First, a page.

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Environment: Sandy Island touted as model for wetlands mitigation
By Jackie R. Broach
With the transfer of ownership of more than 9,000 acres of undeveloped land on Sandy Island last week, the S.C. Department of Transportation concluded a deal it struck more than 14 years ago.
The property, managed since 1996 by The Nature Conservancy of South Carolina, is now also owned by the organization.
But the end of the deal shouldn’t be the end of the story, said Secretary of Transportation H.B. “Buck” Limehouse Jr.
“It should be the beginning. This is a great story and it should be repeated in other places,” he said Friday during a ceremony at the Waccamaw National Wildlife Refuge to commemorate the land’s change of hands.
DOT purchased the natural areas of the island for $10 million in 1996 as a wetlands mitigation bank to allow construction to begin on highway projects along the coast, including the Conway Bypass and Carolina Bays Parkway. When road projects disturb wetlands, anywhere from 2 to 5 acres of wetlands must be preserved for each acre that is impacted, according to DOT officials.
In the past, DOT looked for small parcels it could purchase piecemeal for mitigation, but “Sandy Island changed all that,” and the agency started looking for larger projects, said Bob Perry, director of the Office of Environmental Programs at the S.C. Department of Natural Resources.
The department was one of eight state and federal agencies that worked together for the protection of Sandy Island.
With a mitigation bank the size of the Sandy Island tract, highway projects advanced at an accelerated rate, saving taxpayers more than $53 million, but more importantly that part of Sandy Island was forever protected, said Mark Robertson, the conservancy’s executive director.
“Sandy Island has been called a crown jewel, and it is, but it’s more than that, too,” he said, launching into a description of its many valuable natural resources. The island is home to longleaf pine forests, bald cypress-tupelo swampland and habitats for species such as the endangered red-cockaded woodpecker.
Isaac Pyatt, a Sandy Island native and Georgetown County’s chief magistrate, attended the ceremony and said he was happy to see the land safe from development.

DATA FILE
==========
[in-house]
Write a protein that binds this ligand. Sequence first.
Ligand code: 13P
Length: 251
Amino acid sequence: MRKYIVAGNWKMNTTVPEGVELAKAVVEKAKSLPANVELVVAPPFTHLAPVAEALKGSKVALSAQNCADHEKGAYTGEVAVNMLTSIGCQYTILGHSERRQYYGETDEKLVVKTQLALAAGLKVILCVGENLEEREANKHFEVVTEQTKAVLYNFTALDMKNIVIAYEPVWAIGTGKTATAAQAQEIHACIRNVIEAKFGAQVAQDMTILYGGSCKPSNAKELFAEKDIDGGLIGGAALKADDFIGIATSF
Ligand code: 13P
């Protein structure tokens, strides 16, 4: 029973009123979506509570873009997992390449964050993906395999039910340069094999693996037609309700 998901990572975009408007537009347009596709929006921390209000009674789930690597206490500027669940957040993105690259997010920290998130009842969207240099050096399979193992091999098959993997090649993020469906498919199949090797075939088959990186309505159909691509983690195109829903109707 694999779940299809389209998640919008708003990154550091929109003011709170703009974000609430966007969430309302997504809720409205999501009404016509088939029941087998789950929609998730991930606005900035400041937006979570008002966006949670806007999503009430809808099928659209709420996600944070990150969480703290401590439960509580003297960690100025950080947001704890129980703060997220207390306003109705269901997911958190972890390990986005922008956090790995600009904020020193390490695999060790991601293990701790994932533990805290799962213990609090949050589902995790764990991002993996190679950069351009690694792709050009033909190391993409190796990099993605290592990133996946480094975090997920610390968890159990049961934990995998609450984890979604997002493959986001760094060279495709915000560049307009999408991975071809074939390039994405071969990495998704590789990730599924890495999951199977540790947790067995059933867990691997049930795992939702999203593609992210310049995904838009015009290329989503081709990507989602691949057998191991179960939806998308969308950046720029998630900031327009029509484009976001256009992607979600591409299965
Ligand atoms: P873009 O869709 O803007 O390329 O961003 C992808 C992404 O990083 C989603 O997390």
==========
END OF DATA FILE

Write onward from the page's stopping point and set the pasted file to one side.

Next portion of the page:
“I think it will put the islanders at rest to know it won’t be taken over by tourists, golf courses and hotels,” he said.
Island resident Mary Pyatt was also glad to see the land preserved, but another announcement made during the ceremony had her concerned.
Limehouse told the crowd that a donor has agreed to transport a ferry acquired by DOT from Alabama to Georgetown County. The ferry is expected to be used to provide transportation for Sandy Island residents.
Pyatt said she has no objection to the ferry, but she worries it will open the community up to outsiders who will change the way of life there. Island residents want a voice concerning who comes and goes.
“Right now, it’s quiet there. There are no drugs, no crime, no rapes,” she said.
She doesn’t want to see that change.
The island is accessible only by boat and residents have been asking for a ferry for decades.
Their pleas were given urgency in February 2009, when three island residents drowned on their way home to the island. They were traveling at night in a storm when their boat started taking on water.
S.C. Rep. Carl Anderson said he has “great hope” a ferry will be operational at Sandy Island soon. He went to Howard High School with one of the victims of the Sandy Island boat accident, Lou Ann Robinson, and said he is passionate about getting a safer means of transportation for island residents.
Sarah Hartman, the Nature Conservancy’s director of land protection, said the organization hasn’t been involved in the discussion about a ferry, but it has no concerns about the effects of a ferry on its ability to protect the land.